Over the past two decades I have been very fortunate to work with people in terms of improving their health, fitness and performance goals. From people just looking to stay active to international athletes, they are always worried about how quickly they think they will lose their fitness.
I’ve seen it time and time again when someone missies a few classes or is returning from an injury or illness, they feel they are miles behind where they left off and from everyone else.
The physiology of this plays a massive roll. Maybe you are slightly off on the weights you were lifting beforehand in the gym, or other team members are a bit faster than you on the pitch.
From a physical stand point you have lost a bit of your fitness but in your head you feel like you have taken 10 steps backwards.
The technical word for this is detraining. Although results vary across different studies, the research suggests that for endurance athletes, a loss of cardiovascular fitness and endurance starts to happen after as little as 12 days of no exercise.
There’s not much evidence on how fitness continues to decrease after several weeks of total inactivity, but those in good cardiovascular shape will take up to a few months to completely lose all of their aerobic fitness.
Also keep in mind that unless someone is injured, a break in their regular exercise rarely means complete inactivity.
In the literature review cited above, the evidence suggests that cardiovascular fitness of regular exercisers starts to decrease significantly after about 35 days (five weeks) of occasional, light exercise.
So, that means if you were exercising a lot and then drastically reduce the intensity of your workouts, you might also notice a decrease in cardiovascular fitness.
Muscle mass loss, which might limit your ability to lift weights isn’t likely to be significantly impacted in two to three weeks time, though this too depends on several factors, including age, diet, sleep hygiene, and your fitness level before you take a break.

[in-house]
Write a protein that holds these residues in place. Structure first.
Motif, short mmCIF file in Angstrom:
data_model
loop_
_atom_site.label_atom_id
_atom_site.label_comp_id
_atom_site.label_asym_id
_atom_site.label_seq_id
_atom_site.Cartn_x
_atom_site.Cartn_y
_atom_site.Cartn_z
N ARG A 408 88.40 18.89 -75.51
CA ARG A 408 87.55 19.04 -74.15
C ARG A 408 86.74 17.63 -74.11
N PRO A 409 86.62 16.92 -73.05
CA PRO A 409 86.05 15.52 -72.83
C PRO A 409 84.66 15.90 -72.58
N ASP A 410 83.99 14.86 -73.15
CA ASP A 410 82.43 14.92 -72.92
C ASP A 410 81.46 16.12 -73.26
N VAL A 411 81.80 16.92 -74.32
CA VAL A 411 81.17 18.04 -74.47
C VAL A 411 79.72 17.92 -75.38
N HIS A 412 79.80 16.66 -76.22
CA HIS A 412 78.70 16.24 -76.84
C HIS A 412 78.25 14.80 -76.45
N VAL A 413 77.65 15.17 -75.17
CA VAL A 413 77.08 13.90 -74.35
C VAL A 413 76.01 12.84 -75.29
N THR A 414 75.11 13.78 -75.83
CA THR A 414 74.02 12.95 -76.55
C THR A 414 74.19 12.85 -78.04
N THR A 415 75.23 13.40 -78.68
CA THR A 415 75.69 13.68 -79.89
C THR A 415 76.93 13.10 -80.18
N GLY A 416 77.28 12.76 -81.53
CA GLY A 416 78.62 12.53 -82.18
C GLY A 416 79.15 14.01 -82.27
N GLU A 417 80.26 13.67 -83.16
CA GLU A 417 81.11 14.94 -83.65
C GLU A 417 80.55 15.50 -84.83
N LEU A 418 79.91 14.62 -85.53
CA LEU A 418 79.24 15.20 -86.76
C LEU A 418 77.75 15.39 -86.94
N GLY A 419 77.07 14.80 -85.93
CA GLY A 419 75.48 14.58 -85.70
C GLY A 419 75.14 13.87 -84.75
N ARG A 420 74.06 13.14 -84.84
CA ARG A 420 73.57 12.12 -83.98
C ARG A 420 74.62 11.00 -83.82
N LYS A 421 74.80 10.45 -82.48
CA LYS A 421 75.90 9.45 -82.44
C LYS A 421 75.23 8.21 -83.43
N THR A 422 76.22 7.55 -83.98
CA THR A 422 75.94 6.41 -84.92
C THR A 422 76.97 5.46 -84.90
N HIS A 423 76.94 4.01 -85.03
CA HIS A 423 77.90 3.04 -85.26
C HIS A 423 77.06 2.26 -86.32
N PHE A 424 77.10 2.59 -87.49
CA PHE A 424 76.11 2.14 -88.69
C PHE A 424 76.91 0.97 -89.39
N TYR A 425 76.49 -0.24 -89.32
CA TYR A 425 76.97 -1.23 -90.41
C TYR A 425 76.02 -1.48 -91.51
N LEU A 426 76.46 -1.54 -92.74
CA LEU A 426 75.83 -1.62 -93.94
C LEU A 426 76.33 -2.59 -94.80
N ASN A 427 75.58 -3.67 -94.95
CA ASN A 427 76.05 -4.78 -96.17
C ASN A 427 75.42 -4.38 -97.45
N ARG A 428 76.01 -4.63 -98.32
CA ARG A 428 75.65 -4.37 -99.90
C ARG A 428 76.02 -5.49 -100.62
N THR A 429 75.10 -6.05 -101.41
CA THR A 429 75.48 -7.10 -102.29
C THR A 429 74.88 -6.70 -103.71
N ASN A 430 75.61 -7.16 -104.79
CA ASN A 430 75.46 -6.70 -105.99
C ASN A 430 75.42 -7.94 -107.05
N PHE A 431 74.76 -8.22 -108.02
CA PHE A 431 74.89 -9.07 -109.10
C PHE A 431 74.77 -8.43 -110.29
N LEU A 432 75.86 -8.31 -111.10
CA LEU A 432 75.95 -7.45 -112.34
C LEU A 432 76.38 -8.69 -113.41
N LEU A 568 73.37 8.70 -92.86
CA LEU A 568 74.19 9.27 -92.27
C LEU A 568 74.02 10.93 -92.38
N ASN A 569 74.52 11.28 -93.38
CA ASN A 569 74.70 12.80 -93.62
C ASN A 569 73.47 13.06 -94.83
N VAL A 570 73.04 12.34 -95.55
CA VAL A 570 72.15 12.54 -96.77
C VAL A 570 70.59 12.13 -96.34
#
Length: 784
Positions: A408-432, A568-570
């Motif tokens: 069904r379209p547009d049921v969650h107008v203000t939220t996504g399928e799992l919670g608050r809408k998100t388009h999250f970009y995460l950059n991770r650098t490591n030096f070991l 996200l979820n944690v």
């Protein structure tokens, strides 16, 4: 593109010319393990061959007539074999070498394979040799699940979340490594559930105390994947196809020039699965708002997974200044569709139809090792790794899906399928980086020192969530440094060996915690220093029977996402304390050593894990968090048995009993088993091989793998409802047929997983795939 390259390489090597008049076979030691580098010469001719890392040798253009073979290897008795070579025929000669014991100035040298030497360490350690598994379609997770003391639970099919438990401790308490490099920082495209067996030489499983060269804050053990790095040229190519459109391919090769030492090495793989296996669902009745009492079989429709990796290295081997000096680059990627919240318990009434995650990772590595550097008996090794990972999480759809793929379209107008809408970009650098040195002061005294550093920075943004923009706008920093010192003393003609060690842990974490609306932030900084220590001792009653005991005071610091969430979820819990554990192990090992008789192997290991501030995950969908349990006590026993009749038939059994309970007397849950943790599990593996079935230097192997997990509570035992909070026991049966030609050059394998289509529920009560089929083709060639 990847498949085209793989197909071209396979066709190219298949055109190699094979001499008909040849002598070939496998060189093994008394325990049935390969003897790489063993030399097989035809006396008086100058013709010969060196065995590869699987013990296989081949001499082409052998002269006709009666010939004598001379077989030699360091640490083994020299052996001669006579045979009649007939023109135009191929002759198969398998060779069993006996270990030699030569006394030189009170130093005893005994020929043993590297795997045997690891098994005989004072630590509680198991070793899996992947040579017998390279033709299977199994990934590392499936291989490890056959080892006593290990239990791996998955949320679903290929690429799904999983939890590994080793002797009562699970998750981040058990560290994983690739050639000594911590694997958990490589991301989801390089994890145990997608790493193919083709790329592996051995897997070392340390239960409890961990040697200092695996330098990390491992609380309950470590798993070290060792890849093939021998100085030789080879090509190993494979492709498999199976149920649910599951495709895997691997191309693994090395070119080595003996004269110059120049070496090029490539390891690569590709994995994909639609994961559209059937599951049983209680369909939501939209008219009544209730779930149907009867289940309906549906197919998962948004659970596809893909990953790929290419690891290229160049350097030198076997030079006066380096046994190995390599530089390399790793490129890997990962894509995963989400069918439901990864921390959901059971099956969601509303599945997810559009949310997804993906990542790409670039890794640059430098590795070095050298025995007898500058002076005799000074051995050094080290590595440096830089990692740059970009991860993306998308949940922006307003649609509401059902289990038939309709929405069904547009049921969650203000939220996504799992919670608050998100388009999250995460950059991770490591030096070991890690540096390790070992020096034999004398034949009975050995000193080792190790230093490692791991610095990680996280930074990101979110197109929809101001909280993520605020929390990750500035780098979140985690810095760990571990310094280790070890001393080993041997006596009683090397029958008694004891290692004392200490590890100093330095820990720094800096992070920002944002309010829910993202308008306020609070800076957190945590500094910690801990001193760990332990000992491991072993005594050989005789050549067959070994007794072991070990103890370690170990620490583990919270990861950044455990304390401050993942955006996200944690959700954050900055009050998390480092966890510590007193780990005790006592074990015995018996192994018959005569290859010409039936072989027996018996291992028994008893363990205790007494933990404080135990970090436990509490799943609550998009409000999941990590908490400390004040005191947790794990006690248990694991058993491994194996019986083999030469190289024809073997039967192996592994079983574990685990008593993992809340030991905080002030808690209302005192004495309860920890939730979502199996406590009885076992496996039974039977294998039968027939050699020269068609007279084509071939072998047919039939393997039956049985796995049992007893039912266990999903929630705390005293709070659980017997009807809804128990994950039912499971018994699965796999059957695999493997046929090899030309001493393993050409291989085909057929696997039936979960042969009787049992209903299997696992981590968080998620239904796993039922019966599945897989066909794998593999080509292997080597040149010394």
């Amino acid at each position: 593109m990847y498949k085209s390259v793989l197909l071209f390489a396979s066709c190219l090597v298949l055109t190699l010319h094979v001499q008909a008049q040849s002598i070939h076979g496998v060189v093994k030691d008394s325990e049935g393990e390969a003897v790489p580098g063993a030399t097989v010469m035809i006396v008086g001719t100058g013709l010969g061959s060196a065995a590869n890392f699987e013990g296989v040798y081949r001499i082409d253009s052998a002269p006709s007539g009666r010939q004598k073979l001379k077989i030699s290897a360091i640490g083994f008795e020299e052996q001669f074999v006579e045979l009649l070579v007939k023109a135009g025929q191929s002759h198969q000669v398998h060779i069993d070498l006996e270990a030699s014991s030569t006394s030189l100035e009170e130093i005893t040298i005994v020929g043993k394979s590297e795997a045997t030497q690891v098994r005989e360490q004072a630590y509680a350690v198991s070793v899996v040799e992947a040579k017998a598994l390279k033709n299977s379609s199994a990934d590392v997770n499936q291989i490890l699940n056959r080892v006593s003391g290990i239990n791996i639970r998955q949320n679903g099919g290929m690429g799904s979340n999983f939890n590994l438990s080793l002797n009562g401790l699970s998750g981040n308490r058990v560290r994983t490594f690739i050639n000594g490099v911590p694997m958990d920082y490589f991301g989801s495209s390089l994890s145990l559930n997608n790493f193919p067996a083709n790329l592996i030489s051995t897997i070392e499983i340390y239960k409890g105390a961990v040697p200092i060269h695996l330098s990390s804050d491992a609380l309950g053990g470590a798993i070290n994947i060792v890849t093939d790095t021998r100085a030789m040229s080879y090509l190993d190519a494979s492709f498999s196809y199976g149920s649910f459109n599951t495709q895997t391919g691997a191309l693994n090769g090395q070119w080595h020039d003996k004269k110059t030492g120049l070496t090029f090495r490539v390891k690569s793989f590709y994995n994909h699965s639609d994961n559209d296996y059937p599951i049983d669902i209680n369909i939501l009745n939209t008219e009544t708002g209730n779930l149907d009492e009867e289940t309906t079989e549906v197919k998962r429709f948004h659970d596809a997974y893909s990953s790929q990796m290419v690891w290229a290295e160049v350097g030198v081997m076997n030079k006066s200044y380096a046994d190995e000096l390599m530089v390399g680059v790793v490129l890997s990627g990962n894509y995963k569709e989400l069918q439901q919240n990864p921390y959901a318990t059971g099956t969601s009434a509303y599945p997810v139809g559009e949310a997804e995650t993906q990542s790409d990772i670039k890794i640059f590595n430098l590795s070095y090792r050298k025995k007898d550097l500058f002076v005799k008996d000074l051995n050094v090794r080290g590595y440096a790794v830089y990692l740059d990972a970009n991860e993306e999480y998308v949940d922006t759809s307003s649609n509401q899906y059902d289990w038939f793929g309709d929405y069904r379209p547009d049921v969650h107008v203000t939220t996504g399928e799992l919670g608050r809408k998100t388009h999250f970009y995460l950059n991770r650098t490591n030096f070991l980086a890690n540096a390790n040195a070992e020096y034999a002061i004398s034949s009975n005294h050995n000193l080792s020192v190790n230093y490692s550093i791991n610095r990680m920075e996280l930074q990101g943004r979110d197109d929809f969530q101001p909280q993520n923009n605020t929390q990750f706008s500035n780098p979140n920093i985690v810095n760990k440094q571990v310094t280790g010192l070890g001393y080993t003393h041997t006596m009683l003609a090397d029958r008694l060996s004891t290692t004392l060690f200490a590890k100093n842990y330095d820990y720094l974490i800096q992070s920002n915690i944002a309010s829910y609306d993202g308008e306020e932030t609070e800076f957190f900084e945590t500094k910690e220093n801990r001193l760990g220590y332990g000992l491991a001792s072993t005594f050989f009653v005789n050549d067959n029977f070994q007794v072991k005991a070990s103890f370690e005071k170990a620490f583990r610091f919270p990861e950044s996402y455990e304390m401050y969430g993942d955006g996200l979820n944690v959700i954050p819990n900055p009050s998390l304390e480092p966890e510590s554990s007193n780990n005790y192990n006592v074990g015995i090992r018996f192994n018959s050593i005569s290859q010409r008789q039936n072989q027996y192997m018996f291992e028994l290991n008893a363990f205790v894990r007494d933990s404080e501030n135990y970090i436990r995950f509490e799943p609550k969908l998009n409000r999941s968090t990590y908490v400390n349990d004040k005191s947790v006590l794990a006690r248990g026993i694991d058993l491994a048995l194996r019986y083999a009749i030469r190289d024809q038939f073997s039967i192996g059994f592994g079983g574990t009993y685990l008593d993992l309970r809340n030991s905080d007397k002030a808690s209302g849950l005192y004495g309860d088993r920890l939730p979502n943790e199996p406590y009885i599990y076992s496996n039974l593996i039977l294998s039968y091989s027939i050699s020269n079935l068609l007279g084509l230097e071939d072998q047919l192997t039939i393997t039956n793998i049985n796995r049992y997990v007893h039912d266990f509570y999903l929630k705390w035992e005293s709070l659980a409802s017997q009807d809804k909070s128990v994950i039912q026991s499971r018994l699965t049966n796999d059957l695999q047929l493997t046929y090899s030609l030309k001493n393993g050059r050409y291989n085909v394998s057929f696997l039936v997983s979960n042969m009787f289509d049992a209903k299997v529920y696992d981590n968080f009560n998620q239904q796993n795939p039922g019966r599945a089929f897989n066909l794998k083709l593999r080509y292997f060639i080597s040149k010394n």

In a study from the International Journal of Exercise Science in which researchers found that even three weeks of detraining doesn’t decrease muscle thickness, strength, or performance in sports in a group of 21 male adolescent athletes.
One other area you will need to consider is your current level of fitness.
Deconditioning in fit athletes generally does not appear to happen as quickly or drastically as in beginning exercisers. In fact, one recent study looked at well-conditioned adolescent athletes who had been training regularly for a year.
After three weeks of detraining, researchers found that the athletes’ muscle strength and sport performance was not affected.
The outcome tends to be much different for new exercisers. A 2001 study followed new exercisers as they began a training program and then stopped the exercise. Researchers had sedentary individuals start a bicycle fitness program for two months.
During those eight weeks, the exercisers made dramatic cardiovascular improvements and boosted their aerobic capacity substantially.
At eight weeks, they quit exercising for the next two months. They were tested again and were found to have lost all of their aerobic gains and returned to their original fitness levels.
Other research is looking at the effects of decreasing the training level, rather than completely stopping all exercise.
The results are more encouraging for athletes who need to reduce training due to time constraints, illness, or injury.
A 2005 study followed sedentary men through three months of strength training, three times a week. They then cut back to one session per week. They found that these men maintained nearly all the strength gains they developed in the first three months.
When you look at all the research it’s very positive. So, the ‘use it or lose it’ saying may not apply so quickly to detraining.
Here are a few ways you can help maintain your fitness if you are injured, recovering from illness or life just gets in the way.
Keep active throughout the day
If you can’t go for that long run or get a full hour in the gym, make sure you are still moving throughout the day. Take comfort movement breaks form your desk or go for a walk during your lunch break.
Try shorter more intense
If time is an issue just reduce the amount of time spent training but increase the intensity.
Train using different methods
If injury or illness is holding you back from your normal training routine try and think of different training methods to maintain and improve your fitness.
For example, if you have a lower limb injury, upper body strength or boxing pad work may help you maintain your fitness.
Use body weight movements
If you need to strip your training back for any reason, maintain fitness with bodyweight exercise. You’d be surprised how effective and tough these can be.
Sometimes an injury, illness or life situation comes at the right time during your training schedule. Maybe your body is telling you it’s time to pull back a little. Adaptations from our training happen during our recovery phase.
Hopefully that helps you both physically and physiologically when detraining happens to you for whatever reason.
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